# Parallelism in R

**Contents:**

There are a few different libraries in R which can help parallelise code. Let's consider a new example of calculating the volume of an N-dimensional hypersphere with Monte Carlo:

```
sphere_volume <- function(steps, dimension) {
in_hypersphere <- 0
for (n in 1:steps) {
coordinates <- runif(dimension, min = -1, max = 1)
if (sum(coordinates ** 2) < 1) {
in_hypersphere <- in_hypersphere + 1
}
}
2 ** dimension * in_hypersphere / steps
}
```

This uses the idea that we can calculate the volume of a hypercube in N-dimensions with sides of length two by \( 2^N \). Inside that hypercube, we can fit a hypersphere with radius \(r = 1\). If we randomly generate points inside the hypercube, and count the proportion which are inside the hypersphere, we will get the ratio of the volume of the hypersphere to the hypercube, so can calculate the hypersphere volume with: \[ V_{\mathrm{sphere}} = V_{\mathrm{cube}} * \frac{\mathrm{draw}_\mathrm{inside}}{\mathrm{draw} _ \mathrm{total}} \] Making draws between -1 and 1 for each dimension will be within the cube. We can then use Pythagoras to determine whether draws are inside the sphere: \[ r^2 < x^2 + y^2 + z^2 + ...\]

See the wikipedia page on Monte Carlo integration for more info and drawings.

**Exercise**: We know the formulae for a 2D-sphere (circle) and 3D sphere. Run the above
function and verify the result.

## Using `parallel::mclapply`

The 2D example is an estimate of \( \pi \), but a slowly converging one. The error goes down only by \( \frac{1}{\sqrt N} \), so we need many samples to get a good estimate. Using \(10^7 \) samples takes around 10s, but only gets the first four digits correct.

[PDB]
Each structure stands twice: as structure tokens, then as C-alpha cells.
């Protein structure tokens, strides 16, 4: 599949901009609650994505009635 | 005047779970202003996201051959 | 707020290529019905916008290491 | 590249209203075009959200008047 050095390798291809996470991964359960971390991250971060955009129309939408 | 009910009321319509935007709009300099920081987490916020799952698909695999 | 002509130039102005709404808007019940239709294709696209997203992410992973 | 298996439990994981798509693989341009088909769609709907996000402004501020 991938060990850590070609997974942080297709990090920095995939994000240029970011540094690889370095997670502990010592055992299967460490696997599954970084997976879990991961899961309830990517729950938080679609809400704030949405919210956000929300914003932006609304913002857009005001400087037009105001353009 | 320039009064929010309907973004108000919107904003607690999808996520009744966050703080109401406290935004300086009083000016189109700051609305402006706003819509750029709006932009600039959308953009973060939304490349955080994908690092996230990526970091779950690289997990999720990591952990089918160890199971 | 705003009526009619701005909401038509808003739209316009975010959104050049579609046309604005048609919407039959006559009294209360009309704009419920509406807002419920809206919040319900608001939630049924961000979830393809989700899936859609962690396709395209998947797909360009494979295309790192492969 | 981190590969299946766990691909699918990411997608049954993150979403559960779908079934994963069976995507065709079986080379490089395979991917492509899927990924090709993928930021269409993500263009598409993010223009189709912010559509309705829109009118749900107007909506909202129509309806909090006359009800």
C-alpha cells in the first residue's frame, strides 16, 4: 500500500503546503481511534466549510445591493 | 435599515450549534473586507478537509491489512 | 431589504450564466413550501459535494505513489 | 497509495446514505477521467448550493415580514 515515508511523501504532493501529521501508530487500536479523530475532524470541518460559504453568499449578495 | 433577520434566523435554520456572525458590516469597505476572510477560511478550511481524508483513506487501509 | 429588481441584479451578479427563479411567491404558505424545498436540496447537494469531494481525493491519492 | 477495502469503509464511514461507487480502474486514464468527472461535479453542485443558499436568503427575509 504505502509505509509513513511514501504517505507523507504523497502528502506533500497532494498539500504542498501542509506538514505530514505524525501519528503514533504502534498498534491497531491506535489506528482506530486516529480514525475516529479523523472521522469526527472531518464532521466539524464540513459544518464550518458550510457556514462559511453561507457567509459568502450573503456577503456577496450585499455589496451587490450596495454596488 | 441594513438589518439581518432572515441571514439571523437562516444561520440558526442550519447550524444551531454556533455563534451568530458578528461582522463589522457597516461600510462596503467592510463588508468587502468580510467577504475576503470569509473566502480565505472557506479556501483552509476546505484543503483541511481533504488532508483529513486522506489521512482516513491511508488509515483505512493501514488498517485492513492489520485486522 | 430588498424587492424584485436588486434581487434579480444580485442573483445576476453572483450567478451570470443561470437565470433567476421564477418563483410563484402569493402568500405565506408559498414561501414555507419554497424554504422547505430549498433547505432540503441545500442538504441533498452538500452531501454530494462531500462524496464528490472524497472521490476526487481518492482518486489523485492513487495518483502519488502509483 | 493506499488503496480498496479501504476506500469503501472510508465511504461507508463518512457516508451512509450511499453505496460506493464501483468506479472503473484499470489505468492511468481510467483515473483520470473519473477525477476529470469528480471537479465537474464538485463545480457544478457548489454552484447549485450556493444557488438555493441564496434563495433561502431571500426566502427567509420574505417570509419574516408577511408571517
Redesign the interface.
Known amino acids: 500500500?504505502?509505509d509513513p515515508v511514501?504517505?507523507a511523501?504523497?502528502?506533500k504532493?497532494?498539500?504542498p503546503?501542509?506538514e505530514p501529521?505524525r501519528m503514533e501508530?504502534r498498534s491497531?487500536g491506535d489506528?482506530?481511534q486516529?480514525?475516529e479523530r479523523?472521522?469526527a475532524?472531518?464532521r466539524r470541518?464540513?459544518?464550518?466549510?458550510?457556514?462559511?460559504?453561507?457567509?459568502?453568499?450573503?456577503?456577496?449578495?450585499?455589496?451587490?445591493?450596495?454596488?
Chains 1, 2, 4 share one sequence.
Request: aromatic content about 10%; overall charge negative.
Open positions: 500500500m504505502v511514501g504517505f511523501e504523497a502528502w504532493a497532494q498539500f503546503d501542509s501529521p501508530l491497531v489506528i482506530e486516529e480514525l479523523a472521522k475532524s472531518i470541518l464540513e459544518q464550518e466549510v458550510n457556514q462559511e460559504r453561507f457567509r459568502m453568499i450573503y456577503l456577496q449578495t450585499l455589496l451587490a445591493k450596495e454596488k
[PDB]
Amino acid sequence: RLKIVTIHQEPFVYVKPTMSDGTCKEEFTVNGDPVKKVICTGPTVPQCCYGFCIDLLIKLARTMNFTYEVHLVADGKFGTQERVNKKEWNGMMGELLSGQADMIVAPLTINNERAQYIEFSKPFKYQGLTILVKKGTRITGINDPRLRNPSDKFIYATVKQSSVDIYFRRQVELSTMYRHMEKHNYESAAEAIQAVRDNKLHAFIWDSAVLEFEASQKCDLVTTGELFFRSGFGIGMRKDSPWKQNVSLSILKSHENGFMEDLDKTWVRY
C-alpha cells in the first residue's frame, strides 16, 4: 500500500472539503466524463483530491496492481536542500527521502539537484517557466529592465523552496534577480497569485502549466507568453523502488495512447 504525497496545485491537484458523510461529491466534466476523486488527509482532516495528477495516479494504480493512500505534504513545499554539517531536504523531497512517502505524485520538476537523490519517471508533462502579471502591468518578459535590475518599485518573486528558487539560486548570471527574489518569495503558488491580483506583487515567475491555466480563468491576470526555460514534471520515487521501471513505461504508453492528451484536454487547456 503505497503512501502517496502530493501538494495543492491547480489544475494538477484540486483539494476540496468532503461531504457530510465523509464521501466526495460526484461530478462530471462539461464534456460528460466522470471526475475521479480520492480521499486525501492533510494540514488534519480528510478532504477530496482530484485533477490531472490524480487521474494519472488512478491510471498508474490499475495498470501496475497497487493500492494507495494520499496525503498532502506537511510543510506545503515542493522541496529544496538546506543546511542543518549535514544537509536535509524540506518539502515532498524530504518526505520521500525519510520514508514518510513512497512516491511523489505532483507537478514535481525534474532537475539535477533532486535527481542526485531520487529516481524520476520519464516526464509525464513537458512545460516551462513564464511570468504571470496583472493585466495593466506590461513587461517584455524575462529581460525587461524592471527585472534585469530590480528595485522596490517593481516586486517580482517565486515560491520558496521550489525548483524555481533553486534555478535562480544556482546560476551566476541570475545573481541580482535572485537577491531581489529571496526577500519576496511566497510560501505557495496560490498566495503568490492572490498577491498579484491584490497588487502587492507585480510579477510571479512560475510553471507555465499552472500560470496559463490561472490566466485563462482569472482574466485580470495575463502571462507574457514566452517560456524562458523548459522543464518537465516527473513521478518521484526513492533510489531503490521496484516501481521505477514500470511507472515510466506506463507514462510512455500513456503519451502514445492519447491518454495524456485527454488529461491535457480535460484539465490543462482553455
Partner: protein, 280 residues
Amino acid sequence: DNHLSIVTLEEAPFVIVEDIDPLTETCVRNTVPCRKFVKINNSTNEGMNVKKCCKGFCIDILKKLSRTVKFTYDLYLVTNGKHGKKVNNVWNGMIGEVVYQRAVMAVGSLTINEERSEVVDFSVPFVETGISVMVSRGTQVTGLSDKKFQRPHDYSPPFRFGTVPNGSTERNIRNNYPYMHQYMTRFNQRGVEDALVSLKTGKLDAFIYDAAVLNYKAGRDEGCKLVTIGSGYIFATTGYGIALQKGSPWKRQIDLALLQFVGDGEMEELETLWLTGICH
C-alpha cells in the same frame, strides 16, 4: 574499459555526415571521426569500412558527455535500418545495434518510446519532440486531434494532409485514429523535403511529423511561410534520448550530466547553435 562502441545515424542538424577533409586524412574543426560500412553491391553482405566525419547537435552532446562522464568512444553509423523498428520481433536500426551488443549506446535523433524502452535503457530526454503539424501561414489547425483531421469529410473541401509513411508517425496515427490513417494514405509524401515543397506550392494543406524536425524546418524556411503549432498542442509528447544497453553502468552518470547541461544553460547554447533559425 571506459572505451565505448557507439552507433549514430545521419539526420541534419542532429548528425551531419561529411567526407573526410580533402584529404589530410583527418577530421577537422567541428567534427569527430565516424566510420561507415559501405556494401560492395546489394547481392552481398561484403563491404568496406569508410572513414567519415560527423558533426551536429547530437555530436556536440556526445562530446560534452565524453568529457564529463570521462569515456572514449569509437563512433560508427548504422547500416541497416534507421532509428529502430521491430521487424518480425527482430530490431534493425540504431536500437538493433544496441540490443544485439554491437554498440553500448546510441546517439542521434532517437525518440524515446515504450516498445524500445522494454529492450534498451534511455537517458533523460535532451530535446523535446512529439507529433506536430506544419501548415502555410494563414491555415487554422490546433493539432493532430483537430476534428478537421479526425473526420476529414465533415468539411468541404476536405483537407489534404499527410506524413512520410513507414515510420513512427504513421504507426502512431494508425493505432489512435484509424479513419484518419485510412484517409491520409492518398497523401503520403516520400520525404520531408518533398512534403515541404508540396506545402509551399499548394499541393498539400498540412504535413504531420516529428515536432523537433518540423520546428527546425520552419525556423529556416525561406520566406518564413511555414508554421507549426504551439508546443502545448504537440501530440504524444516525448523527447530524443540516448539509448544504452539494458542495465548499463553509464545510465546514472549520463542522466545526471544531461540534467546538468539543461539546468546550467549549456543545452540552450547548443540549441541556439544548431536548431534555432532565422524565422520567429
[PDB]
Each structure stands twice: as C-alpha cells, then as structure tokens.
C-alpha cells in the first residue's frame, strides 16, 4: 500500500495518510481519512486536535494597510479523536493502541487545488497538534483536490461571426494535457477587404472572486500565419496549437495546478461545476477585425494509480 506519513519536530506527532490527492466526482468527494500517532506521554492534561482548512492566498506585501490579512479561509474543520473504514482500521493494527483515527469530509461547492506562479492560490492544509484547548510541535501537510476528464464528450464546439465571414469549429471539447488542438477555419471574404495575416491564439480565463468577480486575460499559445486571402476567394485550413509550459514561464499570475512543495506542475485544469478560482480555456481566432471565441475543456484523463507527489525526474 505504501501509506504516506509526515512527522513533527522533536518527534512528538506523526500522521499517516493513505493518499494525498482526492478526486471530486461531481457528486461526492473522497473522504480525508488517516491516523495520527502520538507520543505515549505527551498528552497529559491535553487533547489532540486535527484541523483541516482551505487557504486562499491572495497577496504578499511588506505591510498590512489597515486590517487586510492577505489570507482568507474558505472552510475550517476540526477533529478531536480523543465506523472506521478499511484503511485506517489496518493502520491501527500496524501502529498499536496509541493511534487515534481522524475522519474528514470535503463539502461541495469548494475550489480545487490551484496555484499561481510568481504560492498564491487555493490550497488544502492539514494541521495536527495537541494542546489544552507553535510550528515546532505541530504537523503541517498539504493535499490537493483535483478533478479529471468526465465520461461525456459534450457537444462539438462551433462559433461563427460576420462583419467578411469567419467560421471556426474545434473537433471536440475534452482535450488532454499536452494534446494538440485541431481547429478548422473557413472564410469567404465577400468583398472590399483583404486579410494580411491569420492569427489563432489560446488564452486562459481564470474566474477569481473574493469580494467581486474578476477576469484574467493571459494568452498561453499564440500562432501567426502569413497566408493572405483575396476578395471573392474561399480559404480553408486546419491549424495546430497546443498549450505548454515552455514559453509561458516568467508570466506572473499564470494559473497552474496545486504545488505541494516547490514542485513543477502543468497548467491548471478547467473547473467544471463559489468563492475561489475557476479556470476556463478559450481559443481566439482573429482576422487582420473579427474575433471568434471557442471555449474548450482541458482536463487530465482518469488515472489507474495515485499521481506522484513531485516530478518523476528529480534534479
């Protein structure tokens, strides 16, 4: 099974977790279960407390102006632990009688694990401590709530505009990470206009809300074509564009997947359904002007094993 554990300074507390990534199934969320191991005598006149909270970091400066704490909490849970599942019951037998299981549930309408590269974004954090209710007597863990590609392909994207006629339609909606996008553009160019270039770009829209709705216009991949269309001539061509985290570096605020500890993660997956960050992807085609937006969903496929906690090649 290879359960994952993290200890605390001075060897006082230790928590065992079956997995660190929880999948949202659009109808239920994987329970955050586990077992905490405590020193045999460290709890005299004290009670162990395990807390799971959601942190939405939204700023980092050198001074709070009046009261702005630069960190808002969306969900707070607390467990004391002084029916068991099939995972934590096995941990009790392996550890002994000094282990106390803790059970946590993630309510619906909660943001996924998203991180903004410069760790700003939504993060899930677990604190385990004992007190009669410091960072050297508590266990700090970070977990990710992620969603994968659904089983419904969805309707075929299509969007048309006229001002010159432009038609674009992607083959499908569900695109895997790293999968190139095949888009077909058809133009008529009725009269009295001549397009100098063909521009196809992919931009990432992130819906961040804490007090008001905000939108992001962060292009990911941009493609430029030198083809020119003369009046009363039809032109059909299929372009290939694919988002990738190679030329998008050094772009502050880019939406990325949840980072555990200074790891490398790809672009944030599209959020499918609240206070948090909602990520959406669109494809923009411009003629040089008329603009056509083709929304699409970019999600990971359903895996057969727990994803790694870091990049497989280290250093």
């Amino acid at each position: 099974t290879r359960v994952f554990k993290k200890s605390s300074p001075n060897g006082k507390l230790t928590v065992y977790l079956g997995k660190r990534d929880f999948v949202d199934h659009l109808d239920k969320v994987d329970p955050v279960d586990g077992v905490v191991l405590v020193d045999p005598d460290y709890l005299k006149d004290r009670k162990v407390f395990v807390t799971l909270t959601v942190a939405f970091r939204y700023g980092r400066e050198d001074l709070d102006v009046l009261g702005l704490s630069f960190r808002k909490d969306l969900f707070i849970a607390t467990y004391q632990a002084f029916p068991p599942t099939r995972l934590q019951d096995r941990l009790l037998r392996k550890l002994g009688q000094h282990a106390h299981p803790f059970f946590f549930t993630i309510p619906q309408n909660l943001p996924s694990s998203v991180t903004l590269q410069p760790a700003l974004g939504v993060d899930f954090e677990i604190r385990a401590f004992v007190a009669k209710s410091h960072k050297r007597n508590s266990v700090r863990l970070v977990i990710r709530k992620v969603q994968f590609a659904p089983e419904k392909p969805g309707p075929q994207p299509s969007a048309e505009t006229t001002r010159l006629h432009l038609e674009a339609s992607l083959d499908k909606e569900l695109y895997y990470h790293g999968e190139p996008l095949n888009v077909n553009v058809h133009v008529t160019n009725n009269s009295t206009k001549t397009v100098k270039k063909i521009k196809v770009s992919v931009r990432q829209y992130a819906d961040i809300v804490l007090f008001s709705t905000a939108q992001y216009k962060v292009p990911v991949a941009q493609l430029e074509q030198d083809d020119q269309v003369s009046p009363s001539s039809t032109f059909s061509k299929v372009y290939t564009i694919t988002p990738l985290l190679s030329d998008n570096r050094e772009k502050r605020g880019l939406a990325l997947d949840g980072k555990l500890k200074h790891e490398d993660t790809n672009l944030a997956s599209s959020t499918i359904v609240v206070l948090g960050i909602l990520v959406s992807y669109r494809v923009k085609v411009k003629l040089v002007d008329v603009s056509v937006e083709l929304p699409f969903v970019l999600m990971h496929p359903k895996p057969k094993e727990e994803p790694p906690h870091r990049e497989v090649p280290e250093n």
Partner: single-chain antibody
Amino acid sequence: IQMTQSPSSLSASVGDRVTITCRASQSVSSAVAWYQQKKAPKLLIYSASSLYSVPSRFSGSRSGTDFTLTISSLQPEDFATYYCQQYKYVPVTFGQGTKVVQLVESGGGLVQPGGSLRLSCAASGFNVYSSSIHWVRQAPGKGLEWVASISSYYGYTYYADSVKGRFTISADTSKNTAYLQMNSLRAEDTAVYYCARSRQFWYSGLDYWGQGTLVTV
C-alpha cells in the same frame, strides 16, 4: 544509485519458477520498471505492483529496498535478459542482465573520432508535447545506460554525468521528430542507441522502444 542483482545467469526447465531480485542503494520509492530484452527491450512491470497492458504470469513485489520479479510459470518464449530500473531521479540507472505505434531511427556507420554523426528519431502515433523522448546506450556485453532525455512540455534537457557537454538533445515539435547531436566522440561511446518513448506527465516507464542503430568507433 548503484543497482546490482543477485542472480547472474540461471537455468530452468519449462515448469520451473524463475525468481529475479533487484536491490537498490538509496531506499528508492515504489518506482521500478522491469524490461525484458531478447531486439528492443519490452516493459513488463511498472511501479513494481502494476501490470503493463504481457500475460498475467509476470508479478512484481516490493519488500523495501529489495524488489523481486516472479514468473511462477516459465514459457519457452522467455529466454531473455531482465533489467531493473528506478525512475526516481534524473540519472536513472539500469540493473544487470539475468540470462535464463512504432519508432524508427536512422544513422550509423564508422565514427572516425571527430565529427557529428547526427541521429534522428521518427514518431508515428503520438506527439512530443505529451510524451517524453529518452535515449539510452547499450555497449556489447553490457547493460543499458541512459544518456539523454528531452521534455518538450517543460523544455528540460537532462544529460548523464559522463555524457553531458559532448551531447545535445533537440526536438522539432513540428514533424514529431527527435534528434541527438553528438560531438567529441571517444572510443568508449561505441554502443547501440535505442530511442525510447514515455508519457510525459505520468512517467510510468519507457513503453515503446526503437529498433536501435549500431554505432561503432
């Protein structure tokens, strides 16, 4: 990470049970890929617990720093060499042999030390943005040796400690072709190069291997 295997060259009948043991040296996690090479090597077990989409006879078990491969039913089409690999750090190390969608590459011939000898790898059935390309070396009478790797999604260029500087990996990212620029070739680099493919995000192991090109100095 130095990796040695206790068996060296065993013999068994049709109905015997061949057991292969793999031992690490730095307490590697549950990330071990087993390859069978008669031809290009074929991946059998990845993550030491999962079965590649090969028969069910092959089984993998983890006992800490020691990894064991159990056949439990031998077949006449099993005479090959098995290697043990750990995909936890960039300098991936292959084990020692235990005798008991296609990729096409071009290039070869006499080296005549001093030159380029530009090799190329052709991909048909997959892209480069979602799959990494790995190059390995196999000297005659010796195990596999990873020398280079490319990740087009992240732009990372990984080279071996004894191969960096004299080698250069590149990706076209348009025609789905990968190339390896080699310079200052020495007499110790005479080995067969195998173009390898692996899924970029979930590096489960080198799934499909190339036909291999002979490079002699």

These samples are totally independent, so they should be easy to parallelise, right? Let's first use a parallel version of lapply:

```
sphere_volume <- function(steps, dimension) {
in_hypersphere <- 0
for (n in 1:steps) {
coordinates <- runif(dimension, min = -1, max = 1)
if (sum(coordinates ** 2) < 1) {
in_hypersphere <- in_hypersphere + 1
}
}
2 ** dimension * in_hypersphere / steps
}
steps <- 10000000
dimension <- 2
system.time(sphere_volume(steps, dimension)) # 7.258s
cores <- 4
system.time(mean(unlist(parallel::mclapply(rep(10000000/cores, cores), sphere_volume, 2, mc.cores = cores))))
# 2.211s
# Speedup =~3.3x
```

Similar to writing rust code using iterables, it's often better to write R code by applying functions to lists or arrays. This is true even in serial R code, as it can vectorise operations. Here we divide the work (the draws) equally among the cores, making a list with the number of steps that each thread will compute. We can then calculate the average of the estimate from each core. Though, it may be more precise to return the number of draws inside the circle as an integer and sum these, then do the division once at the end.

What happens if you add `set.seed(1)`

in the function?

All of the estimates are the same, because the random draws are the same. We are using a pseudorandom number generator (RNG), which given the same starting state will generate the same sequence of numbers.

You can achieve the same by adding `mc.set.seed = FALSE`

to `mclapply`

, which shares
the same RNG state when the threads are forked. The default of `TRUE`